Namespaces and PURLs

Dan Brickley Daniel.Brickley at
Fri Jun 5 18:41:32 BST 1998

On Fri, 5 Jun 1998, Tim Bray wrote:

> At 03:15 PM 6/4/98 UT, Simon St.Laurent wrote:
> >>The namespace name, to serve its intended purpose, should have the 
> >>characteristics of uniqueness and persistence.  It is not a goal that
> >>it be directly usable for retrieval of a schema (if any exists).
> >
> >This sounds like I can use a PURL 
> A PURL sounds highly appropriate to me for namespace identification. -Tim

The only complication I can think of is the use of the '#' fragment
identifier in the 'src=' attribute... Not sure if it makes sense to use
'#' in this context anyway, but the following from the PURL FAQ is
probably worth bearing in mind.


>From the PURL FAQ at

5.7 Can I use local references in conjunction with a PURL? (i.e.,

There's more to this question than meets the eye. Let's break it down into
manageable pieces. 

First, the local reference (i.e. #LREF) is a directive to the HTTP client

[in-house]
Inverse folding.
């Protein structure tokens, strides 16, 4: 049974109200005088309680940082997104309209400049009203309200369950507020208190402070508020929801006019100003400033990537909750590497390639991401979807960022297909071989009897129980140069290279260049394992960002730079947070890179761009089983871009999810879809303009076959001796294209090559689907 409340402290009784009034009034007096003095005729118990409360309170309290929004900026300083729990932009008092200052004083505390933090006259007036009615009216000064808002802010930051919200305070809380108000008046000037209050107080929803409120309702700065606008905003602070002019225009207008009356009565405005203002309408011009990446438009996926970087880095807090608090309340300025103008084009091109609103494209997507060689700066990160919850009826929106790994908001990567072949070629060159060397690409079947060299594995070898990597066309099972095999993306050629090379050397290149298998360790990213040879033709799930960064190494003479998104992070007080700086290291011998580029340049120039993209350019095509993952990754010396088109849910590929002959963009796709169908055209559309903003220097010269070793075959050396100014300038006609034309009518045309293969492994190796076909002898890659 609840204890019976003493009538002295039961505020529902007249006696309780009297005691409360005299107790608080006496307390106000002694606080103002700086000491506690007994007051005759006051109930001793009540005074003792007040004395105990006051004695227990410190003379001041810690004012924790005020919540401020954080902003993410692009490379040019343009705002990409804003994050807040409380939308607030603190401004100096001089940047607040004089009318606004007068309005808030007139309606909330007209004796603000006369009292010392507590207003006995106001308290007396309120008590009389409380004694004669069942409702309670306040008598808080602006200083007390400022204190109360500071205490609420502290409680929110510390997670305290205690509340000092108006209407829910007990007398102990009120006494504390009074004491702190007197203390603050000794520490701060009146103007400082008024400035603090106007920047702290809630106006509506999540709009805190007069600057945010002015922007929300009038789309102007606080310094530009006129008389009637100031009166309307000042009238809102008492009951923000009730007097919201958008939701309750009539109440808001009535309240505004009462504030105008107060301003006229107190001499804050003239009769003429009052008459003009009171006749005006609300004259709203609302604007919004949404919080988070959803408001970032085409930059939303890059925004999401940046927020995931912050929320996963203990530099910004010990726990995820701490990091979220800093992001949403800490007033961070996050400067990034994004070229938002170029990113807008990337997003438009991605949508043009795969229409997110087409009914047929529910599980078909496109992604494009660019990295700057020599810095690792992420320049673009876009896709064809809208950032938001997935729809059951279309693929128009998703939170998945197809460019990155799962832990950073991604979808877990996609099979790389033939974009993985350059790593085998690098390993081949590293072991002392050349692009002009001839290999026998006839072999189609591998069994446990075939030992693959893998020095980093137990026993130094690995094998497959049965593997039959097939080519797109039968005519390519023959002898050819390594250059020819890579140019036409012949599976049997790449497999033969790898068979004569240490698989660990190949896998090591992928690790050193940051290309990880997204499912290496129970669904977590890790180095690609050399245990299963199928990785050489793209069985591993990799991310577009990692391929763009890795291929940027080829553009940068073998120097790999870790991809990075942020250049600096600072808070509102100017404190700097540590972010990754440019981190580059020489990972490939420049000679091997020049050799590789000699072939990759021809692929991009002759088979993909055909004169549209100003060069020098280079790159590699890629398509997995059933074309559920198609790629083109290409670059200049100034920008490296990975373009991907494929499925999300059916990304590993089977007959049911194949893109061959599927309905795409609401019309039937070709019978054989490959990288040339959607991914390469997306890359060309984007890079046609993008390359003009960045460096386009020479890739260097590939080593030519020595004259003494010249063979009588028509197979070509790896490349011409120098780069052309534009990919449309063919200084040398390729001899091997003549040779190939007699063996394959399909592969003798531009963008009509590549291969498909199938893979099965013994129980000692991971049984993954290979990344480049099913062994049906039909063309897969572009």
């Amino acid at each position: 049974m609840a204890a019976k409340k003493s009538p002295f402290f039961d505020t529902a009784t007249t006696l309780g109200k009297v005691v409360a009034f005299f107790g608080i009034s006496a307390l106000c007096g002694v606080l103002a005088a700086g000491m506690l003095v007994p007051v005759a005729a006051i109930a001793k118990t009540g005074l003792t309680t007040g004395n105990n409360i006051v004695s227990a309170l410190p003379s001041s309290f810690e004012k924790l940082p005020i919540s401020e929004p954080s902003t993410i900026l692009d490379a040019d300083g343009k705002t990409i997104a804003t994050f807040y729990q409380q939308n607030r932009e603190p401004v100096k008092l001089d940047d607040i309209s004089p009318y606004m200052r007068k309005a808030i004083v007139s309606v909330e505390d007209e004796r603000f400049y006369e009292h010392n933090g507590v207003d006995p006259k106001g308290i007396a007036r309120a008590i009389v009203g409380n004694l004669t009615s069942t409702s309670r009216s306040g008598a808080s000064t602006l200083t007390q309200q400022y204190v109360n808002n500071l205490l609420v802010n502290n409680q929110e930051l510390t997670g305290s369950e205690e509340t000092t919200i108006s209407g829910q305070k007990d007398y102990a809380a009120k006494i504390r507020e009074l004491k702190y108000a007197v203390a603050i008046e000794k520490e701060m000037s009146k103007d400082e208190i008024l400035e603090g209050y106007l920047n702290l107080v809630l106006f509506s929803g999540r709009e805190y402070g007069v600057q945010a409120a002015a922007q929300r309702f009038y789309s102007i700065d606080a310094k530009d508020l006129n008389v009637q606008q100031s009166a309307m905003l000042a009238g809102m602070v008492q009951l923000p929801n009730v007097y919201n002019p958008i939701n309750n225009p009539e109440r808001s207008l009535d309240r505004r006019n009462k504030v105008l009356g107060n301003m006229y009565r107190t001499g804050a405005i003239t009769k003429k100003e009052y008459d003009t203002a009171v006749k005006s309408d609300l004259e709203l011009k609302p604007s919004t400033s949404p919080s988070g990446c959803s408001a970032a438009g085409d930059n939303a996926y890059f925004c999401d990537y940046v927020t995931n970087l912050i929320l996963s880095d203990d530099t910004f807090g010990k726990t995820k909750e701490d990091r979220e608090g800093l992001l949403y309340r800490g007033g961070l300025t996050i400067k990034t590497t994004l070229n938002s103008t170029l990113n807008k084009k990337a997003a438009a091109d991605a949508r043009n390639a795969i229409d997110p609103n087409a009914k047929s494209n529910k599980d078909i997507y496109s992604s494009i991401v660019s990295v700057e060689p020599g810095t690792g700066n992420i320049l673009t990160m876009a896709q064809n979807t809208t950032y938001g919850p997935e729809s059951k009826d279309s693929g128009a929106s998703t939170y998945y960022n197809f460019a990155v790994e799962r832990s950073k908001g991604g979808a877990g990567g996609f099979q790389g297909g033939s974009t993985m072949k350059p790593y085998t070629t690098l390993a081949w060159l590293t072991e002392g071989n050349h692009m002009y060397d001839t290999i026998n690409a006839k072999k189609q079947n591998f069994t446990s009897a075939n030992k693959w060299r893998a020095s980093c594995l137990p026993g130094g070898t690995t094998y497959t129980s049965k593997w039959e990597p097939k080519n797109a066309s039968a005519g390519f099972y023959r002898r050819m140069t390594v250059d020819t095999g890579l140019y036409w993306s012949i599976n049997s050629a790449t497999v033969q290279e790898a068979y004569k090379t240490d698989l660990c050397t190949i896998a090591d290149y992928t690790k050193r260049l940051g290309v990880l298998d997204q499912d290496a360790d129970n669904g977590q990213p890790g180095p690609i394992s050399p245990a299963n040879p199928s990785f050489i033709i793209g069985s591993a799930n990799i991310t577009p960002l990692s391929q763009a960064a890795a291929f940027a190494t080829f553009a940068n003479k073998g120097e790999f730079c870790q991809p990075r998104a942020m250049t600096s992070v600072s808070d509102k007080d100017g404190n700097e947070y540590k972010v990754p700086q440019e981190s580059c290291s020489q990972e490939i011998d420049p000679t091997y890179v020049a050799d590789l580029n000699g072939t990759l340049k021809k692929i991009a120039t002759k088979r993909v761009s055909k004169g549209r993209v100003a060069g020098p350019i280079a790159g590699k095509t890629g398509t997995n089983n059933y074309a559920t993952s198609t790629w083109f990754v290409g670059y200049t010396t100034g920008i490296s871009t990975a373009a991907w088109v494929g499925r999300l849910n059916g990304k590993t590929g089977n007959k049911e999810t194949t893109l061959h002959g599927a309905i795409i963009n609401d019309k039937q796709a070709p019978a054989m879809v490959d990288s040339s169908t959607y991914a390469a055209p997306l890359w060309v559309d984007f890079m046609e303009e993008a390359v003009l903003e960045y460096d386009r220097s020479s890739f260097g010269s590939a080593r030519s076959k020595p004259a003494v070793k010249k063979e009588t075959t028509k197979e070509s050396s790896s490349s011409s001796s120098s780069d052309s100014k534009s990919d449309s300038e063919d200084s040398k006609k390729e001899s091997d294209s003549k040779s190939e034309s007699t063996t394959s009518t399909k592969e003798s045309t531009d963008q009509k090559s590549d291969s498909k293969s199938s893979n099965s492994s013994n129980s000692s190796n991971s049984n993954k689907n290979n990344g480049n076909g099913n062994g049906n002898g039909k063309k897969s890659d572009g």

(browser). When you
select a URL containing a local reference, only the portion of the URL
preceding the local
reference is requested from the HTTP server. It is the client's
responsibility to act on this
directive in relation to the requested document once the document is
received. Therefore this
behavior is dependent upon the client. Not all clients handle local
references the same way. 

PURLs can not contain local references because we do not allow them to
contain the "#"
character. Since browsers would not send the local reference (i.e.,
anything after and including a
"#" character, such as #LREF) part of a PURL to the PURL resolver, there'd
be no point in
allowing it. 

You can use local references appended to PURLs so that your browser
attempts to locate the local
reference within the document retrieved by the PURL, but some browsers
(incorrectly) drop the
local reference upon receiving the redirect from the PURL resolver
(actually any redirect from
any HTTP server) and therefore fail to act on the local reference
directive when the actual
document is received. 

As a result, PURLs with local references appended to them, such as, resolve to (the beginning of)
the document
referenced by the PURL under some Web browsers. To determine how your
browser behaves, try
the example PURL above. If it takes you to the top of this document, then
your browser is not
handling local references correctly. If it takes you to section 6.0 of
this document, then your
browser is handling local references correctly. Either way, you should
still end up with this

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